Publication - Independent report

Independent review of hate crime legislation in Scotland: summary

Published: 31 May 2018
Justice Directorate
Part of:
Equality and rights, Law and order

Summary document to accompany Lord Bracadale's final report.

Independent review of hate crime legislation in Scotland: summary


Lord Bracadale received 457 responses to his consultation paper.

Lord Bracadale held 17 events from Shetland to Dumfries to encourage debate.

A number of key themes emerged from the consultation exercise that Lord Bracadale carried out:

There were differing views about whether there should be hate crime laws.

“It is important that hate crime is identified and dealt with at a higher level so that those who use hate as their reason to offend and break the law know they risk a stronger punishment.”

“Hate crime laws create a situation where some potential victims are more protected than others and this is wrong.”

There should be more user-friendly language and awareness raising about what hate crime is.

“Current legislation appears difficult to enforce due to the complexity of the definition and terminology and this may prevent many victims from receiving access to justice.“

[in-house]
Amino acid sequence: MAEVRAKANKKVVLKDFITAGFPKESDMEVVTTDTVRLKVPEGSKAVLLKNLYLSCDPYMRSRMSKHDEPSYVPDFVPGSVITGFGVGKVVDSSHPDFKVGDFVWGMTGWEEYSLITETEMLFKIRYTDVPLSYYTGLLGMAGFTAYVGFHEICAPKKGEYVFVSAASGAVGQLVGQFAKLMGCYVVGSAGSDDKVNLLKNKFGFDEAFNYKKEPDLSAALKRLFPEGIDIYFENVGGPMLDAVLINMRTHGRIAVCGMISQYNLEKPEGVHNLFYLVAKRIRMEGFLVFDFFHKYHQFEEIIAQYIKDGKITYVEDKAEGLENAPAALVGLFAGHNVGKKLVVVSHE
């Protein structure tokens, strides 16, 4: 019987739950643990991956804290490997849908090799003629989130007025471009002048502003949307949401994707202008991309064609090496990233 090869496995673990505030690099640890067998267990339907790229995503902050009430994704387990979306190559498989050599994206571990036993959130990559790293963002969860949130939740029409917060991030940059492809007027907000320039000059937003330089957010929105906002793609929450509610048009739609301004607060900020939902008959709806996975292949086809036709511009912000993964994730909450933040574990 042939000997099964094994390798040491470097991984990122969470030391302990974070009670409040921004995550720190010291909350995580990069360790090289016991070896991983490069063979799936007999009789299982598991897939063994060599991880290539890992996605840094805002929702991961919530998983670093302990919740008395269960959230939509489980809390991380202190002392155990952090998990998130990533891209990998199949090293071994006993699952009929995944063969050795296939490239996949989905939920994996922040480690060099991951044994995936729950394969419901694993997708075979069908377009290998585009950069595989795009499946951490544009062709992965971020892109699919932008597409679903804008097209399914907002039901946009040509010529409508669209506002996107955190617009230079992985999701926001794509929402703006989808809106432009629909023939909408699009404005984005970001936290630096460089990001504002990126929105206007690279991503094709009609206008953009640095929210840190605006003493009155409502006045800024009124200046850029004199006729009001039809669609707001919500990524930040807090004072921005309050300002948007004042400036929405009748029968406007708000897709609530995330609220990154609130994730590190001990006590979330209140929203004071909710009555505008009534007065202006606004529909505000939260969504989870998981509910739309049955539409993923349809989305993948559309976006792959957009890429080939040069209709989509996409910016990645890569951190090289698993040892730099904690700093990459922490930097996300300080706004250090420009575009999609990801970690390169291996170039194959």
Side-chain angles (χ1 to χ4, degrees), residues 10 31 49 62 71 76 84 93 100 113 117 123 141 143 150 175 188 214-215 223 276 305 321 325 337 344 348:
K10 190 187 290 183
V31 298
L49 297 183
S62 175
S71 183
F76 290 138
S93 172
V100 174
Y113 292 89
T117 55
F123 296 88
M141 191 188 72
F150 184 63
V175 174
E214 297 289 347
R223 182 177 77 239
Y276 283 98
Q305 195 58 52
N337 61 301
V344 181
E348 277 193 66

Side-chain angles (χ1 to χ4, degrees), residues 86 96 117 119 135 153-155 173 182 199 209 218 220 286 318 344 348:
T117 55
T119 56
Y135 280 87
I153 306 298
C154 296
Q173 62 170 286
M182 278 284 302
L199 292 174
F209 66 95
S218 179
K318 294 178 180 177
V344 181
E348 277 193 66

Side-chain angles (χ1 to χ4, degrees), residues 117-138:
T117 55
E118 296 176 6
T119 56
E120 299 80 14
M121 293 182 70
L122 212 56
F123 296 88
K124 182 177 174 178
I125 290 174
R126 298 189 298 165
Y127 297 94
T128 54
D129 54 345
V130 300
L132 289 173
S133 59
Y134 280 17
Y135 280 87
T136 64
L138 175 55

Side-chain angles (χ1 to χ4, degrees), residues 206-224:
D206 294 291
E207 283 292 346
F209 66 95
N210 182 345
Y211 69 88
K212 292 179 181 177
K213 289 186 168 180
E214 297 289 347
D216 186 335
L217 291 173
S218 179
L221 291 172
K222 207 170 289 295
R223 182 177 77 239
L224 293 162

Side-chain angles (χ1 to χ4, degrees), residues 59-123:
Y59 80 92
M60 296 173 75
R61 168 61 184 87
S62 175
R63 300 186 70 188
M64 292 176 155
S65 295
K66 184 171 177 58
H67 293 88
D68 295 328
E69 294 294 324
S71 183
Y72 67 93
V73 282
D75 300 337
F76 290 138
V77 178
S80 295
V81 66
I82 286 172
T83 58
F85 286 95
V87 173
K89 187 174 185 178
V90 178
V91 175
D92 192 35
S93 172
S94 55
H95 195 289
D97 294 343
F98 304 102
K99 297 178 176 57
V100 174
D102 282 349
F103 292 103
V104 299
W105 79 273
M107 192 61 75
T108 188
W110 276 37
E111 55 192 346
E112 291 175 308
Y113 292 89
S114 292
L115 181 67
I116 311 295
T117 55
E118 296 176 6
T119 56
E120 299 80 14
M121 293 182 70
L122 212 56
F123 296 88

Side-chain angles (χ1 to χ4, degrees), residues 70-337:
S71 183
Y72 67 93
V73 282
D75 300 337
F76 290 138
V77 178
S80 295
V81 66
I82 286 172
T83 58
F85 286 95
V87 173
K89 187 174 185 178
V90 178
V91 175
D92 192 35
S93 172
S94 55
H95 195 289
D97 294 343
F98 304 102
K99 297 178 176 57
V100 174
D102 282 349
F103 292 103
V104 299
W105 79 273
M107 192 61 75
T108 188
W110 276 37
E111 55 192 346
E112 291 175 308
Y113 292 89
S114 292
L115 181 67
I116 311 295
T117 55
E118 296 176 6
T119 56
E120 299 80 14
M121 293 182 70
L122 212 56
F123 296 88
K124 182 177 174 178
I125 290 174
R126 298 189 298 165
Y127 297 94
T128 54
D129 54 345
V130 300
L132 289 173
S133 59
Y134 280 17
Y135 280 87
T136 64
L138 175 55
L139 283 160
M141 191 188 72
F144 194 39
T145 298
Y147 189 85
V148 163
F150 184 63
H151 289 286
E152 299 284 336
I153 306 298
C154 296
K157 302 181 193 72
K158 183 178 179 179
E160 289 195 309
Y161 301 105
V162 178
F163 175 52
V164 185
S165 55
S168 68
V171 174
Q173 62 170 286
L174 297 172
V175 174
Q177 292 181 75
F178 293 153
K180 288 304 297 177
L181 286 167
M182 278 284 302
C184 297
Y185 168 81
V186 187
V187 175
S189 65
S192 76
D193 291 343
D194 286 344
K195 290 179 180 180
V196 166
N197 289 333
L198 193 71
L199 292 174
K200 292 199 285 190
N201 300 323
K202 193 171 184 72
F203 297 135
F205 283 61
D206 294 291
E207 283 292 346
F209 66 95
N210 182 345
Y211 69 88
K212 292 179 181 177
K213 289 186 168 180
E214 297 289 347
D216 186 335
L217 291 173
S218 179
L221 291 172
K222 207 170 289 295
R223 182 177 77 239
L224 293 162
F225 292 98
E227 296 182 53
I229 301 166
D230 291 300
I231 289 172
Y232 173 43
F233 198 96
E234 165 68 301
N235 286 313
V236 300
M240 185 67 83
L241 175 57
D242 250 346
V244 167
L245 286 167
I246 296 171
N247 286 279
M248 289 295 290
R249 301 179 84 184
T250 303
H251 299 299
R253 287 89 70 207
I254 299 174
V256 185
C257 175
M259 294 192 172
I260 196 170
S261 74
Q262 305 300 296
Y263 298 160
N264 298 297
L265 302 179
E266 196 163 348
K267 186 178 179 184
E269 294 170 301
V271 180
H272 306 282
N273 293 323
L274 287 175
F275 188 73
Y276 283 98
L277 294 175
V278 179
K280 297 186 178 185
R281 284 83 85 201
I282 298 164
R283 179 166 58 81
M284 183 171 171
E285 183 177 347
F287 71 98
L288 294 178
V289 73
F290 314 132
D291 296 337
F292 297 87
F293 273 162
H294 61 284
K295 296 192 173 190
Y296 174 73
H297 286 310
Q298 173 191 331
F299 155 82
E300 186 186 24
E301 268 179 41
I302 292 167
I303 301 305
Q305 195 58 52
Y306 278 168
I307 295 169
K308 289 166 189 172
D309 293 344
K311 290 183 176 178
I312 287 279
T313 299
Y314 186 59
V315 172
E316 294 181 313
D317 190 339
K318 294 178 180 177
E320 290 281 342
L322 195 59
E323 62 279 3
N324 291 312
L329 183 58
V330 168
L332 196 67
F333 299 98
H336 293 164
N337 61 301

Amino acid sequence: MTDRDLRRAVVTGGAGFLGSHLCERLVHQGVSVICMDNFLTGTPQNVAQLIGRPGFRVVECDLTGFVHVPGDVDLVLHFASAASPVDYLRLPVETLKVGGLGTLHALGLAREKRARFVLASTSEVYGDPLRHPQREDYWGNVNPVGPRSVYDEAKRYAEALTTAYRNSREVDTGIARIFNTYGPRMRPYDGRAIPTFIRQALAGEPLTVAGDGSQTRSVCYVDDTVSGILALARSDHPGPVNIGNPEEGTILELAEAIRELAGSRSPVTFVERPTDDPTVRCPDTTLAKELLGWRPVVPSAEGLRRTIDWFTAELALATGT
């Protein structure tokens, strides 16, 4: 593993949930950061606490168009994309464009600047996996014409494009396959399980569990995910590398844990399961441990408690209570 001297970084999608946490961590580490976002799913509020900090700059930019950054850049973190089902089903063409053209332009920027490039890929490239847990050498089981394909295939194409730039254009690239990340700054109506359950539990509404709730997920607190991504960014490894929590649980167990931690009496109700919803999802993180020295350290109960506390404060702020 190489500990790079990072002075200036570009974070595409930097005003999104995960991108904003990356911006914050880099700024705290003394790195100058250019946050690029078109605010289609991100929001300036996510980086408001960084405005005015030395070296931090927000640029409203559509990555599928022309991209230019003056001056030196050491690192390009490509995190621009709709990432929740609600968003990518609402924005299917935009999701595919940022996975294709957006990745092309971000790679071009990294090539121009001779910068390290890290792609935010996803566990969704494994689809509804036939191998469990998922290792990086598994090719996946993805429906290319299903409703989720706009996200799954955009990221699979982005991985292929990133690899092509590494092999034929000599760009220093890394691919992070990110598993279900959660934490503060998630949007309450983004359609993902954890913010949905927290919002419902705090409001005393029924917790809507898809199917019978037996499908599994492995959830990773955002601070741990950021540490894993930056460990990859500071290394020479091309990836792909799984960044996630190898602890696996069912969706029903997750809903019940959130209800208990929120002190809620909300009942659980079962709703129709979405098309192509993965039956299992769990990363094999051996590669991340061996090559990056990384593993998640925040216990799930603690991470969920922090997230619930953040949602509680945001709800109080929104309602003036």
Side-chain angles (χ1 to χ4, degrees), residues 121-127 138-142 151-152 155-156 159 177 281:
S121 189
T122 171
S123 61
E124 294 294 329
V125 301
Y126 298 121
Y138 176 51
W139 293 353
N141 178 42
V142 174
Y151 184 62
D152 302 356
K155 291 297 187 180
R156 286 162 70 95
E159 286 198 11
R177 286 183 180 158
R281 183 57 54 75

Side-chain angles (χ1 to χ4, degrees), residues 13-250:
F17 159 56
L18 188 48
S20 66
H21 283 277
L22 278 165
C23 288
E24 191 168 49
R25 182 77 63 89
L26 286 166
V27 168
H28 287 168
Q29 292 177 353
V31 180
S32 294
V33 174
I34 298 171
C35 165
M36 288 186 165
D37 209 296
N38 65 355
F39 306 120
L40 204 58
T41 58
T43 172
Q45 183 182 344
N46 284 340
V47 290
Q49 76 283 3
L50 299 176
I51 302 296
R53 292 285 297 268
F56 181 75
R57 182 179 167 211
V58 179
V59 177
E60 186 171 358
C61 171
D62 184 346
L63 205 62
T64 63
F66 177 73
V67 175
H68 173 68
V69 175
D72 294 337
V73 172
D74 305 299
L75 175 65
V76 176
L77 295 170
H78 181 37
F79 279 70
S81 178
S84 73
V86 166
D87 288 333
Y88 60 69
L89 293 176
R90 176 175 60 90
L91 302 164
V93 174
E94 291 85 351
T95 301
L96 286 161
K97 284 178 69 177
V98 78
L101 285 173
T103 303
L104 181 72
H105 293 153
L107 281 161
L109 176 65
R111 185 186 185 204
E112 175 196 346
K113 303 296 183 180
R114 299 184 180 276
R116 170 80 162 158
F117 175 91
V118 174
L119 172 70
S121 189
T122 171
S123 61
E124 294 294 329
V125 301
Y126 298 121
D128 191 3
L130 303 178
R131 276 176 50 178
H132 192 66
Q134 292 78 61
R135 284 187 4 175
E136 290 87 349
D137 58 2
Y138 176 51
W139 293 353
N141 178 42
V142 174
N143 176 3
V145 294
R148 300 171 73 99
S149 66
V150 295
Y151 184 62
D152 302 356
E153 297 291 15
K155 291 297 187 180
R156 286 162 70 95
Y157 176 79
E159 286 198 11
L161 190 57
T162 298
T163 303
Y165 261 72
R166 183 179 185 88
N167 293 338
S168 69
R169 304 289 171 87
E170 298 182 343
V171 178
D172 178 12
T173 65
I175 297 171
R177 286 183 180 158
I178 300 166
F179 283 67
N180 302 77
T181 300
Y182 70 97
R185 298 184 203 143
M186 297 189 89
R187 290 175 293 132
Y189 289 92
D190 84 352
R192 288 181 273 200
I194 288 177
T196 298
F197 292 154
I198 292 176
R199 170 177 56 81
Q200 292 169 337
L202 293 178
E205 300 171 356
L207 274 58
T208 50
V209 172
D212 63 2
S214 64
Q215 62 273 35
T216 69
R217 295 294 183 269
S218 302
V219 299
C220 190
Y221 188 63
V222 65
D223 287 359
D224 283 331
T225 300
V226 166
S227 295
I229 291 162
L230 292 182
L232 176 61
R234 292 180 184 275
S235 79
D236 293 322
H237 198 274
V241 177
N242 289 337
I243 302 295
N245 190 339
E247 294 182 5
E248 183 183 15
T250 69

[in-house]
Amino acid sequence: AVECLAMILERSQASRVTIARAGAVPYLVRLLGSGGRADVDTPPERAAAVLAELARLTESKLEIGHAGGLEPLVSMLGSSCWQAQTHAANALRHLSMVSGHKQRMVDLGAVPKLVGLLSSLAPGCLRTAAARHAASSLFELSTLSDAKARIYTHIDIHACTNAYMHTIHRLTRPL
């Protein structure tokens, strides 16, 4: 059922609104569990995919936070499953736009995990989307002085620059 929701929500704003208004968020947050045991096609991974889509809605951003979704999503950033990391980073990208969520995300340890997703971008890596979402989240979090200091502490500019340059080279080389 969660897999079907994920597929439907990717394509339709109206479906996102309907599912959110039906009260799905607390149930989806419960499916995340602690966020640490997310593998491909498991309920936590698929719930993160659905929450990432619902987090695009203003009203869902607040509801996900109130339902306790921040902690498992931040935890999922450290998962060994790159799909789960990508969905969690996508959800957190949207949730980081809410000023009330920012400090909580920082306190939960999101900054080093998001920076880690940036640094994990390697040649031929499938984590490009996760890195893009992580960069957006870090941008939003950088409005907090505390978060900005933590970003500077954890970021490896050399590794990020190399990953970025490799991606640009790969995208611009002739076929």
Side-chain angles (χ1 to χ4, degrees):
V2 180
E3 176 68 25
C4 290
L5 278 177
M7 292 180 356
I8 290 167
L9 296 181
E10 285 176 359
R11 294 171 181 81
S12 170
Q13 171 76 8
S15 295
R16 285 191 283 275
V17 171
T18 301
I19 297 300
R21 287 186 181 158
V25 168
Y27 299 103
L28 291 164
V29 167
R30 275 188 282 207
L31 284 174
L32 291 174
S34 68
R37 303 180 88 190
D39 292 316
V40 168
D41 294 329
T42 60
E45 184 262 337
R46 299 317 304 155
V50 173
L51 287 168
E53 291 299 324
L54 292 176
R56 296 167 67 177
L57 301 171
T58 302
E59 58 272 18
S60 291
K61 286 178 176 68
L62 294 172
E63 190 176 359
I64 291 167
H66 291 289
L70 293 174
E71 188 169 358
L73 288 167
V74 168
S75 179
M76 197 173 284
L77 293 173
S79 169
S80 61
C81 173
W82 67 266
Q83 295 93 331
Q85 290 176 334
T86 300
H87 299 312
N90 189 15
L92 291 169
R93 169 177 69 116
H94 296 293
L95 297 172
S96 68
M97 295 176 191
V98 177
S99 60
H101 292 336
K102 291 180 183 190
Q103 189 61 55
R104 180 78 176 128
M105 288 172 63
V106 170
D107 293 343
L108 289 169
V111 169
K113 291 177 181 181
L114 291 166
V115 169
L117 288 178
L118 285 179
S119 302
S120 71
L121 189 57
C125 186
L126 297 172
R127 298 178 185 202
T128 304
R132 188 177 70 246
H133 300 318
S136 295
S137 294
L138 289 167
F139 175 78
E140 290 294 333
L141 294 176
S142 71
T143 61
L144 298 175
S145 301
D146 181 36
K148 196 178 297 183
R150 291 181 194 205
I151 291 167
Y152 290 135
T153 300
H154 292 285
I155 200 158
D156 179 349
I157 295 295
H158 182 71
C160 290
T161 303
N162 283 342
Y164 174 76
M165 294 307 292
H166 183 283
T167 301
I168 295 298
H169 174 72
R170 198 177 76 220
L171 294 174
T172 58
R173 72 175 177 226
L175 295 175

All respondents strongly supported protecting the right to free speech.

“There has been an upsurge of attempts to use hate crime as an excuse to silence those who disagree with personal belief. To disagree is not to hate, and should not be made a crime.”

Widespread support for legislation to cover gender-related hate crime particularly to deal with online and physical hate crimes towards women.

“Crimes motivated by hatred of women are well documented and including this as an offence would be a progressive step in tackling misogyny.”

There were lots of views about how to address problems with online hate crimes

“This should be tackled through prosecution of individuals and regulation of social media companies.”

“There needs to be greater awareness of the issue of online hate…this is an issue of education and awareness raising rather than reform of legislation.”

Agreement that there should be appropriate support for victims of hate crime

“We believe there is a need for greater understanding of the routine, everyday nature of many experiences of hate victimisation and the impact this ‘drip-drip’ prejudice has on victims.”

“There is a need to build trust among hate crime victims, organisations out with the criminal justice system, police and the Procurator Fiscal service.”

Consolidation (bringing all pieces of legislation together) could make hate crime laws easier to understand.

“This would send a clear message regarding what society finds as intolerable attitudes and beliefs, provide consistency across the legislation, and offer clarity to communities who may struggle to understand the current piecemeal approach to hate crime legislation.”

As a result of everything he has heard Lord Bracadale has found that:

  • There can be confusion about what a hate crime is and how it is dealt with.
  • The language used in the law can be difficult to understand.
  • It can be unclear what sort of behaviour makes something a hate crime and why that’s appropriate.
  • Not everyone agrees that there should be hate crime laws: it can be unclear what the benefits are in singling out this type of crime.